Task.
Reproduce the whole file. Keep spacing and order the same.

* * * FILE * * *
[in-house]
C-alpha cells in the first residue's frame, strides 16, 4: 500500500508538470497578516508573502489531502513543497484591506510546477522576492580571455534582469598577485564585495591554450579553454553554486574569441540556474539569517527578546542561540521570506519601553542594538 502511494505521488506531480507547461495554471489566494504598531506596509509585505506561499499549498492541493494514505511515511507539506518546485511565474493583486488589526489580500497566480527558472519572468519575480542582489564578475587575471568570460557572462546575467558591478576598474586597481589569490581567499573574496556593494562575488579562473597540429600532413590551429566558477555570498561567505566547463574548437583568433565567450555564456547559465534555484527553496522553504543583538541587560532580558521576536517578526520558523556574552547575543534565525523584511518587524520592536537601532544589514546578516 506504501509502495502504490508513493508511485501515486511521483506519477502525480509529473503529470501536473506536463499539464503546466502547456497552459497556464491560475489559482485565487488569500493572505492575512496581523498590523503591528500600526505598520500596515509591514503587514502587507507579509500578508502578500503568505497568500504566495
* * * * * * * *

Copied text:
[in-house]
C-alpha cells in the first residue's frame, strides 16, 4: 500500500508538470497578516508573502489531502513543497484591506510546477522576492580571455534582469598577485564585495591554450579553454553554486574569441540556474539569517527578546542561540521570506519601553542594538 502511494505521488506531480507547461495554471489566494504598531506596509509585505506561499499549498492541493494514505511515511507539506518546485511565474493583486488589526489580500497566480527558472519572468519575480542582489564578475587575471568570460557572462546575467558591478576598474586597481589569490581567499573574496556593494562575488579562473597540429600532413590551429566558477555570498561567505566547463574548437583568433565567450555564456547559465534555484527553496522553504543583538541587560532580558521576536517578526520558523556574552547575543534565525523584511518587524520592536537601532544589514546578516 506504501509502495502504490508513493508511485501515486511521483506519477502525480509529473503529470501536473506536463499539464503546466502547456497552459497556464491560475489559482485565487488569500493572505492575512496581523498590523503591528500600526505598520500596515509591514503587514502587507507579509500578508502578500503568505497568500504566495